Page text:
Crab-P1050457
Elbow crab. Notice the long 'arms' and the pronouced bend in it, hence its name.

Crab-P1050460
Leaf porter crab. This was flipped over for a photo shot. This crab uses last two pairs of its legs to hold a dead leaf or debris and uses the others to walk around. So next time you see something moving when the water is not flowing, try flipping it over and you might find this critter.

Crab-P1050544
Moon crab. I realised that this crab actually has paddles on all its legs rather than just the last pair.

Crab-P1050489
Unknown crab.

Fishes!
Fish-P1050430
Can you spot the fish? In fact there are two. Note the long green strip from the bottom and the long brown strip across the middle? These are pike fishes.

Fish-P1050517
Scorpion fish. The long extended dorsal fin rays are actually venomous. If you step on them, be prepared for quite some excruciating pain.

Cucumbers!
Cucumber-P1050443
Thorny sea cucumber.

Cucumber-P1050445
This one has its feeders out (right end), savaging for food.

Cucumber-P1050469
Wonder what's this? I saw it poking out of the sand, squirting water out when touched.

Cucumber-P1050471
Tada! A slimy smooth sea cucumber emerges. It has a disgusting layer of mucus thou...

Sand dollar!
Dollar-P1050463
The currency of the sea. I wish... cause they are commonly found...

Seastars!
Seastar-P1050438
Sand star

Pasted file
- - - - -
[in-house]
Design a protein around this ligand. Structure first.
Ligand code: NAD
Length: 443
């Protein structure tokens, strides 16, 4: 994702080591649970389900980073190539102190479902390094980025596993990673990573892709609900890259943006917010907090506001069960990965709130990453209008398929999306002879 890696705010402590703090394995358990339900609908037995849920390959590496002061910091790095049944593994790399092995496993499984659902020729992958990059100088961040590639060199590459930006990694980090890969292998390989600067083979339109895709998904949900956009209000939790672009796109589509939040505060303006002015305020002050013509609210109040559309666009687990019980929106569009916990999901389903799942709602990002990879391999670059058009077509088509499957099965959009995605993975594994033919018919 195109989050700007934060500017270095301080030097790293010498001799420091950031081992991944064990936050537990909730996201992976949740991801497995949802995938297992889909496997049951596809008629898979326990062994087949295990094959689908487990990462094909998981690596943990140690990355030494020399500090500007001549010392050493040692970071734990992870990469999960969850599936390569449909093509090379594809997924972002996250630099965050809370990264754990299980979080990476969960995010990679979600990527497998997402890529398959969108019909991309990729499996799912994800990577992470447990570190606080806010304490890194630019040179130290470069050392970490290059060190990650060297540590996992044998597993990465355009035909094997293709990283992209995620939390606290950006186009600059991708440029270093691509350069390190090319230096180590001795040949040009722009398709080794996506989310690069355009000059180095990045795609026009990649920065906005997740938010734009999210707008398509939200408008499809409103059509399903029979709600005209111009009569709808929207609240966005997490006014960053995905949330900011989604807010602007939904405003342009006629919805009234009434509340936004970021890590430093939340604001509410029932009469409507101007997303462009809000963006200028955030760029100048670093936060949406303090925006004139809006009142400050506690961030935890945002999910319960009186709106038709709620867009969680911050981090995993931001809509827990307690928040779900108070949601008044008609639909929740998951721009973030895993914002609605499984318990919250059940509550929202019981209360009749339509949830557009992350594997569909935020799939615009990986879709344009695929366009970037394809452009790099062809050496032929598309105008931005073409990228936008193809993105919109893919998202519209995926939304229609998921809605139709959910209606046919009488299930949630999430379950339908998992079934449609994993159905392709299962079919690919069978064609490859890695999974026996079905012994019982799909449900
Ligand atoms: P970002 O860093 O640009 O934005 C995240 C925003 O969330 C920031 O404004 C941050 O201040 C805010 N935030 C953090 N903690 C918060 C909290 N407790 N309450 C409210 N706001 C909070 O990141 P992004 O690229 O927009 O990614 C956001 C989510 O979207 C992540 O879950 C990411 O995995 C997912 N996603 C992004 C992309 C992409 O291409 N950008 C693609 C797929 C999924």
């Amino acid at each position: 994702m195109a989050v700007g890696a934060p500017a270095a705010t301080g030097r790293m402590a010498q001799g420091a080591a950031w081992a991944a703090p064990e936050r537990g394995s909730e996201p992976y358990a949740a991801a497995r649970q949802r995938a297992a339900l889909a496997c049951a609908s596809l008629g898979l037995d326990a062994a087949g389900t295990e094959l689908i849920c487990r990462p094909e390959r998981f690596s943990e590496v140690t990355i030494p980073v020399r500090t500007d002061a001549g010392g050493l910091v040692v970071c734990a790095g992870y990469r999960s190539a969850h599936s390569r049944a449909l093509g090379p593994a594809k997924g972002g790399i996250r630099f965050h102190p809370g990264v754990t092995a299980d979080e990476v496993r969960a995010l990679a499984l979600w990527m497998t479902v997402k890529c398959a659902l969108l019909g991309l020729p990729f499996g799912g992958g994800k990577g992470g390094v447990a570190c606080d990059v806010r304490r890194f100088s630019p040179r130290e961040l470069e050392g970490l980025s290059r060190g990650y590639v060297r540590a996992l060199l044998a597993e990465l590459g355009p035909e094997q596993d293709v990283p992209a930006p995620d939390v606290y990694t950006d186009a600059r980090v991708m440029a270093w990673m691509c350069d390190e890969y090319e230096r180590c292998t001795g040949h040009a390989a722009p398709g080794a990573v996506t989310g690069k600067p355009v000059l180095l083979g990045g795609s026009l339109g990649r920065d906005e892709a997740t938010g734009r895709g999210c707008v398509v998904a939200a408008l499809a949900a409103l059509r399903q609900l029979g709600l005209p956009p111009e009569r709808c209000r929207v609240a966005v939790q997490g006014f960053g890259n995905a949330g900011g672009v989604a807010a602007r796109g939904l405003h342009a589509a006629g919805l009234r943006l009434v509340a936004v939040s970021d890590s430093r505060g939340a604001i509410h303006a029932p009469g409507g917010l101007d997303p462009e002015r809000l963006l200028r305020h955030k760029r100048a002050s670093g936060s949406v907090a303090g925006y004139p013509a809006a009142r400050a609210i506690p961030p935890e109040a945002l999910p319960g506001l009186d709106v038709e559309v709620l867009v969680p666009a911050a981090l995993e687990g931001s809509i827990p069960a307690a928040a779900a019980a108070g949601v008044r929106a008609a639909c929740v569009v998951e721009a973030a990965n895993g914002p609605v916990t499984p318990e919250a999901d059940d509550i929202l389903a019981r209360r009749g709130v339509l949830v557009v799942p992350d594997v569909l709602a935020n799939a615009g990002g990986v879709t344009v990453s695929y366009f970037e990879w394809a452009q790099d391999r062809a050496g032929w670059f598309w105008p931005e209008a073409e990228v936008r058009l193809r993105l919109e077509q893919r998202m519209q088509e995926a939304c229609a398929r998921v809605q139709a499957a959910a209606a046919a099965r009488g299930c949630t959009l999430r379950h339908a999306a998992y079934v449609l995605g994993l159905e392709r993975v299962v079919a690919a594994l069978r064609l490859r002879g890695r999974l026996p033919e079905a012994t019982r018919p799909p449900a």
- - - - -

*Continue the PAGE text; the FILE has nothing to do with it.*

Seastar-P1050436
Another sand star, but with a nice distinct pattern.

Seastar-P1050518
A very small seastar. Not sure what type thou. It measures the most only 2cm in diameter (inclusive of arms).

Seastar-P1050521
Another similar size juvenile seastar. Hey its green!! Cool!

Urchins!
Urchin-P1050464
Sea urchin was quite common at Changi. I was rather careful not to step on them.

Urchin-P1050505
Looks like another species perhaps. Different arrange of the spikes.

Urchin-P1050506
This one got itself entangled with seaweed. Interesting thing is that, it is actually on a desserted durian shell. Talk about relatives... mistaken identity?

Urchin-P1050537
A dead urchin. What is left is the 'skeleton' called test.

Mangrove-P1050538
On our way back, we saw this plant. Avicennia alba I believe. It has pretty much set foot on the beach.

Seahorse-P1050500
The highlight of the night has got to be this. A seahorse! Well, a sand star decided to steal some limelight also. Do you know that male seahorses are the ones that 'give birth'? Actually the female deposits the eggs in a pouch of the male and the male carries it to term and hence 'gives birth' to the young.

It was definitely an eventful night. But boy, were we hungry... and off to Changi Village for a heavy meal we went. Special thanks to Ron for inviting me along, and also Luan Keng and Samson for showing me around too.

4 comments:

Venus said...

Hi! Woa! Ur pictures are way cool! I tot sg has no such beaches! Could u pls lemme noe which stretch of changi beach the photos were taken? I'm a nature lover miself, and would love to visit it sometime. :)

SJ said...

Hiya,

I can't remember the carpark number. Was it 7? All I remember was that it was near a carpark and toilets. Haha...

But you have to catch the very low tides. Even the part (extension) near the jetty to ubin is good.

Venus said...

Icic. Thanks!
Could it be the part of the beach nearer the changi ferry terminal?
Hmm.

SJ said...

Yea. I think that area is okay also. Not too sure thou.